Miniature off-camera lighting that makes an Impact: new slave flashes from B&H

US-based retailer B&H have released a whole new line-up of mini slave flashes, all available for under $30.

Impact SF-DSXN70 Mini Slave Flash With Hot Shoe

US-based retailer B&H has released a whole new line-up of mini slave flashes, all available for under $30.

Slave flashes are very small and inexpensive flash units, designed to add accent lights to photographs, especially architectural/interior shots and portrait backgrounds. Thanks to their built-in optical slave cells that trigger the flash when it sees another going off, long cables and expensive radio systems are not needed.

Impact SF-DTWX24 Mini Dome Wide Slave Flash

Five models have been launched under the Impact brand, each one with a name catchier than the last. The SF-DTN40 is a mini slave flash with a Prontor-Compur (PC) sync connector that you can link with a camera or radio receiver. The hotshoe-mountable SF-DSXN40 and SF-DSXN70 run on two and four AAs (respectively) and each has a built-in adjustable kick stand so that you can sit them on a floor, table or shelf at the angle you want. The dome-shaped SF-DTWX24 has a sloped base so it can sit in two different orientations and the SF-DTW24 adds to this the option to use a sync cord.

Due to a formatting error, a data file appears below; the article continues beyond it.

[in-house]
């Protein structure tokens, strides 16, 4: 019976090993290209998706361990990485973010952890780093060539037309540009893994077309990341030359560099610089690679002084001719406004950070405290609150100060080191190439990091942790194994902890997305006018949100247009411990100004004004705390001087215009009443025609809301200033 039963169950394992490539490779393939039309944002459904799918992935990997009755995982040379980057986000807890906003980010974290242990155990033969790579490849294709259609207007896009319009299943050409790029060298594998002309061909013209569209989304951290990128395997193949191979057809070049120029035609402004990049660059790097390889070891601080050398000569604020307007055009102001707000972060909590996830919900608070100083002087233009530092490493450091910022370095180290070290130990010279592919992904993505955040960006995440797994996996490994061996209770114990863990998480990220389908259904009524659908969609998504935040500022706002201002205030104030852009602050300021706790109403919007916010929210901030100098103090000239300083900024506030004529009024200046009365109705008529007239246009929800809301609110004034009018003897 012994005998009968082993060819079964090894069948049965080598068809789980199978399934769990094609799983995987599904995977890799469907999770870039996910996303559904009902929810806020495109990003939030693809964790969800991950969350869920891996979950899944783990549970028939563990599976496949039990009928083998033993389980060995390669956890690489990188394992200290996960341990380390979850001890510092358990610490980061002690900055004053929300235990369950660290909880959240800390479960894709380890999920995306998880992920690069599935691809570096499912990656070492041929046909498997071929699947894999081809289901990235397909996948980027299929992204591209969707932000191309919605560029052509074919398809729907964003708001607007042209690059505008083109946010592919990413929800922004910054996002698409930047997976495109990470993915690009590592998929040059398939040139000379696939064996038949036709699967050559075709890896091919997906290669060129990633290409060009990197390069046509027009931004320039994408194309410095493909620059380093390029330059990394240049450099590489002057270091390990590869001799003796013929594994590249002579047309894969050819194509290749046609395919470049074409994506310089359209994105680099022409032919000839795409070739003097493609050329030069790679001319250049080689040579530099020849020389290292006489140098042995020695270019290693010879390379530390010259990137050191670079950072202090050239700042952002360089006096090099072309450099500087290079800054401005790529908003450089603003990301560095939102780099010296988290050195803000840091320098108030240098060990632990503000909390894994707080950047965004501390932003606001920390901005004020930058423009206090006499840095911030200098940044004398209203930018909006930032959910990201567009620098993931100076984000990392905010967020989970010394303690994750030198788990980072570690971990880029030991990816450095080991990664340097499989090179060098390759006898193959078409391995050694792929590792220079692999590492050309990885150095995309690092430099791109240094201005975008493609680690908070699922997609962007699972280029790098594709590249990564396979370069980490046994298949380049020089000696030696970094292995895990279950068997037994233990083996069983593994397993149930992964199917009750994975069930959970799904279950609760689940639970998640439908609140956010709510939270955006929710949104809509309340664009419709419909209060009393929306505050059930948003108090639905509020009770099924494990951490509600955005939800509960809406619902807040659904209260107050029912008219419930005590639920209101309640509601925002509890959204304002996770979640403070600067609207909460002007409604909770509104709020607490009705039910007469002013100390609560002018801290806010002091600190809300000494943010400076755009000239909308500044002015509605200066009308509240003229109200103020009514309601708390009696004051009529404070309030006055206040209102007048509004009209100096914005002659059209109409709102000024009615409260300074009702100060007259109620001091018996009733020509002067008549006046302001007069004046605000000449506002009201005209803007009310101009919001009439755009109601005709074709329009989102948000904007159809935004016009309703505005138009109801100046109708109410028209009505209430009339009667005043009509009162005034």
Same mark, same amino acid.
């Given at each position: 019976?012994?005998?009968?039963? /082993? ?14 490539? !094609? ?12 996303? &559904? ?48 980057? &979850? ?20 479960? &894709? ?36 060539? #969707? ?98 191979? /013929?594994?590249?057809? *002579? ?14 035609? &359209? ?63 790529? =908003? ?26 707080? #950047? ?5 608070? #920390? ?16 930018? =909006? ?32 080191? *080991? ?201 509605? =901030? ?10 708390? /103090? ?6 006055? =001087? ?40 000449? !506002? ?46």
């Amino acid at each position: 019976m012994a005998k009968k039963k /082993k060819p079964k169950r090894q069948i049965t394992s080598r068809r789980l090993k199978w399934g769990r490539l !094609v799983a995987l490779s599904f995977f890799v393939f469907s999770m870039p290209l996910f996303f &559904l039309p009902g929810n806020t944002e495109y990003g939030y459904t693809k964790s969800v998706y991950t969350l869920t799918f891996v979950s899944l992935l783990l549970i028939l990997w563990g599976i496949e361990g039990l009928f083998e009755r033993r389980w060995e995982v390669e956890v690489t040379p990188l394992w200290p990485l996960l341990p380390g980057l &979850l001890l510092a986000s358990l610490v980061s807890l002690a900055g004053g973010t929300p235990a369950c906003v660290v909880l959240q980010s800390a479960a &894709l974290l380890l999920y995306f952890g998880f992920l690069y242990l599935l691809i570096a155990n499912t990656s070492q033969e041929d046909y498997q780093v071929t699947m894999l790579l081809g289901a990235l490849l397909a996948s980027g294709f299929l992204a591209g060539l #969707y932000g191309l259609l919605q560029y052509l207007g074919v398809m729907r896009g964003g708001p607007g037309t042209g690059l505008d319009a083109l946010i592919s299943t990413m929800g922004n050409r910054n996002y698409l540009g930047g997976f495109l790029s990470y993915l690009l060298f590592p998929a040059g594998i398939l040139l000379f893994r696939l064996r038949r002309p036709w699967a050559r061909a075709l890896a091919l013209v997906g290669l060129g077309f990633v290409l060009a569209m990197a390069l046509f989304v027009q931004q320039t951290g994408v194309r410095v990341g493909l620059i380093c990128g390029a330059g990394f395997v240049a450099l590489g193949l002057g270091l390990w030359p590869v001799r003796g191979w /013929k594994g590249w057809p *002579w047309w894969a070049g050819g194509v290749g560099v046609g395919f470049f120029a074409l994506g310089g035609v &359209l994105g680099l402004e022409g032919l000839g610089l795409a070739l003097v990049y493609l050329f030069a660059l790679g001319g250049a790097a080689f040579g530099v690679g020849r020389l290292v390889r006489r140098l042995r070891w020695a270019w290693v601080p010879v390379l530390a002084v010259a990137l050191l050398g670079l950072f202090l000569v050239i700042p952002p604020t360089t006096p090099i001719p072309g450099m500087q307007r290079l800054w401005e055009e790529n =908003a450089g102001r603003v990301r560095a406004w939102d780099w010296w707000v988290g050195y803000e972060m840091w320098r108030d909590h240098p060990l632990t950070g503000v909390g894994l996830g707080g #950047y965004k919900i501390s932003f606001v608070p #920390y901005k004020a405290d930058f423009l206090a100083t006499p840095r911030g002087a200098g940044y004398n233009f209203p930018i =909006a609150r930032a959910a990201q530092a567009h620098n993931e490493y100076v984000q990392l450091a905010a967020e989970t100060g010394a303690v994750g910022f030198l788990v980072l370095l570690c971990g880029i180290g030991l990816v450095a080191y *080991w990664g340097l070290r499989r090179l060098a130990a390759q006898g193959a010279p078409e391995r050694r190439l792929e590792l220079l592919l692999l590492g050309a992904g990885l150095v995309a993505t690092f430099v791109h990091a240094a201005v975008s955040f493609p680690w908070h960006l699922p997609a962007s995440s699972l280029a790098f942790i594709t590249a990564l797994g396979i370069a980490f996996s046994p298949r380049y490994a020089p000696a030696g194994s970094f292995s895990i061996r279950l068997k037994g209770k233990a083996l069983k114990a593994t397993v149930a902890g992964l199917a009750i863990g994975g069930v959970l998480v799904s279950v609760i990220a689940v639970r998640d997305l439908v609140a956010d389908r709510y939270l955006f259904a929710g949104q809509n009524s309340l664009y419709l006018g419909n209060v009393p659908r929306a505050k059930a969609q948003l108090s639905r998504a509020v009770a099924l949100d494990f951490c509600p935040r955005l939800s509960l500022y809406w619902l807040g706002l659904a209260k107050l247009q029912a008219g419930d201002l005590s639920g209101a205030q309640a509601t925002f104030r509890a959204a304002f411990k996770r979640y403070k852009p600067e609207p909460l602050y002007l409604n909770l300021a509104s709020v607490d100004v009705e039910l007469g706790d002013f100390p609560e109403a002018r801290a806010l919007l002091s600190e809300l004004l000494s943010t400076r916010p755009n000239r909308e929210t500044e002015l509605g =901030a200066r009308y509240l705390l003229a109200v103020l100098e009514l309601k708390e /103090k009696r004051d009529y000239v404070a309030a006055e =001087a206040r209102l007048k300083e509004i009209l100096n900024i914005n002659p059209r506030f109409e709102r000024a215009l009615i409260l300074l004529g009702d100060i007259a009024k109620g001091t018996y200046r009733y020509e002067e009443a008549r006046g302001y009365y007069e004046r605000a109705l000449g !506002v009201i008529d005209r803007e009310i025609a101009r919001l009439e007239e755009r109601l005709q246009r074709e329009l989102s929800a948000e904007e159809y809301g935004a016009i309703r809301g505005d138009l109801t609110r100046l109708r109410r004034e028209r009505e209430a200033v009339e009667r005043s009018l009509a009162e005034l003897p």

Impact SF-DSXN70 Mini Slave Flash With Hot Shoe

If you seek quick recycle times, wide power adjustment, high light output or colour consistency, these are probably not the flashes you are looking for. High speed sync? Through-the-lens exposure control? Don’t be silly.

However, they are ideal for fitting in tight spaces to add a bit of accent light to your scene. If you can’t fathom the thought of splurging $50–100+ on extra flash units that you might not use all the time, mini slave flashes like these ones could be the choice for you. Click here to view the listings. Prices start at $16.95.

Impact Mini Slave DC Flash with PC

Do you use slave flashes like these? Are they useful to you or are you thinking of picking some up? Share your thoughts in the comments below.

David Selby
David is a keen photographer and has been editor of Lighting Rumours since 2010. When not writing about lighting, he works as a data scientist at the University of Manchester, UK.